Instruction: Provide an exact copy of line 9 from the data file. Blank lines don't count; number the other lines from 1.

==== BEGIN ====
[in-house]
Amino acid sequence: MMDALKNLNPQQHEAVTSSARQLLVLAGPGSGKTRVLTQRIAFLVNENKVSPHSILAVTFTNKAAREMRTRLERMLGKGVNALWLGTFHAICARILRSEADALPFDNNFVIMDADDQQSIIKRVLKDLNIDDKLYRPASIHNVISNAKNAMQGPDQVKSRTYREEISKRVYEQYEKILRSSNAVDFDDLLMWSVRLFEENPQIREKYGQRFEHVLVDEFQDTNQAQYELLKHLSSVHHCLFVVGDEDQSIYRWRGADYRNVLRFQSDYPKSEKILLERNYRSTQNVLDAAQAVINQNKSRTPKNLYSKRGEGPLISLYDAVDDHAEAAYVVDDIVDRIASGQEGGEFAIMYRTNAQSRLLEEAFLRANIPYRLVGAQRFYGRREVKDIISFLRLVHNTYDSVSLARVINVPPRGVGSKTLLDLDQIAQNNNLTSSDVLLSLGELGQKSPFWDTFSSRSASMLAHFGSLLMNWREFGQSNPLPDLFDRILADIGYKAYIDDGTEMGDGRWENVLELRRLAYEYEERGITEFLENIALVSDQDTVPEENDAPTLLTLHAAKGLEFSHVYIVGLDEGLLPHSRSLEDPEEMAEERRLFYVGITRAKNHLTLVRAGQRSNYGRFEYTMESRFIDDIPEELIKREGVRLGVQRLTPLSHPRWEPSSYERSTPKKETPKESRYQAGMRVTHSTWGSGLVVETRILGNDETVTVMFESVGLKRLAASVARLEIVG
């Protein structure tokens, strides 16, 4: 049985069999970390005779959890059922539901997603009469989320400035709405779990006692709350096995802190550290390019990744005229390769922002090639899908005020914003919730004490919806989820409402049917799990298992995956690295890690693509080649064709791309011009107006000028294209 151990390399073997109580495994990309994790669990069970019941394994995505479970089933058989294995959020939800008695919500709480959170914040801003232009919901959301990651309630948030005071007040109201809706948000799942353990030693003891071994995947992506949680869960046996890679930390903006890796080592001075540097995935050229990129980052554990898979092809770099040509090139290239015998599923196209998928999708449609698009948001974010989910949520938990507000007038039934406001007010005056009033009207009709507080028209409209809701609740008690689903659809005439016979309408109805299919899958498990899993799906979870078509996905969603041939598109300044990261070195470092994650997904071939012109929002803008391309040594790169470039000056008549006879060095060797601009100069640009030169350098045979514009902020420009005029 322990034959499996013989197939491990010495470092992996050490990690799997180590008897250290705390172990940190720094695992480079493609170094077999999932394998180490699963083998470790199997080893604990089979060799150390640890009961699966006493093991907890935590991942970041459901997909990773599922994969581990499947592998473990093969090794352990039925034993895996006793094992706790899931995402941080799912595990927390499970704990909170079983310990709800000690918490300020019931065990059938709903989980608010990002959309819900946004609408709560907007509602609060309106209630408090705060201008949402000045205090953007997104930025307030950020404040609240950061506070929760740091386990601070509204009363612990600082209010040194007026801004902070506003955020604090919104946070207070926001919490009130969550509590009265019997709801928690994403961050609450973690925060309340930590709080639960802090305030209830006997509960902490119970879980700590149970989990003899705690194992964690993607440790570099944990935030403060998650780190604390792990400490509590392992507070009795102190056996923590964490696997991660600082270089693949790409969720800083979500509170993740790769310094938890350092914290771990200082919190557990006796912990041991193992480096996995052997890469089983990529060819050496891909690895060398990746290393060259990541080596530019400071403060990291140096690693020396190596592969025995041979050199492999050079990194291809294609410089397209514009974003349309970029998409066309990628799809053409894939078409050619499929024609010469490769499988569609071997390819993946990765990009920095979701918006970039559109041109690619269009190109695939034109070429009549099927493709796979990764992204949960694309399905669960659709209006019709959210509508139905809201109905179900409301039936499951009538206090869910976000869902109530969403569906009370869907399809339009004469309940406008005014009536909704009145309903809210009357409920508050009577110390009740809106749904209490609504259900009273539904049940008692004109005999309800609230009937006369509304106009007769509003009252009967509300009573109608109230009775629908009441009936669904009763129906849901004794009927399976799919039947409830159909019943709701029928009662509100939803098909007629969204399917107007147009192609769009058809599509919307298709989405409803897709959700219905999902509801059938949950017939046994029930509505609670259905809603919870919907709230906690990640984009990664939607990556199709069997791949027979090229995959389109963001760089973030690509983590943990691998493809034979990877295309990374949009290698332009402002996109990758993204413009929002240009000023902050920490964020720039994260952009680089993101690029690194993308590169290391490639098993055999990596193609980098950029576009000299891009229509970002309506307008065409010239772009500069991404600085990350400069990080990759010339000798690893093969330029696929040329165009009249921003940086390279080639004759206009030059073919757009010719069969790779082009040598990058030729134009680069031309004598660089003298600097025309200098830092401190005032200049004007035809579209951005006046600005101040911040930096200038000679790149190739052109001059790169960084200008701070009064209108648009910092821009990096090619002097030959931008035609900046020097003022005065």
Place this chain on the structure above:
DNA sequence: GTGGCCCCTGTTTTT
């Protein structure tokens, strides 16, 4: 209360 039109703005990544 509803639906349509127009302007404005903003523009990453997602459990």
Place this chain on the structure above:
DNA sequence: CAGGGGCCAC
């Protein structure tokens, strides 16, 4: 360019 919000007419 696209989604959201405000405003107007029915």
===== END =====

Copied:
């Protein structure tokens, strides 16, 4: 360019 919000007419 696209989604959201405000405003107007029915």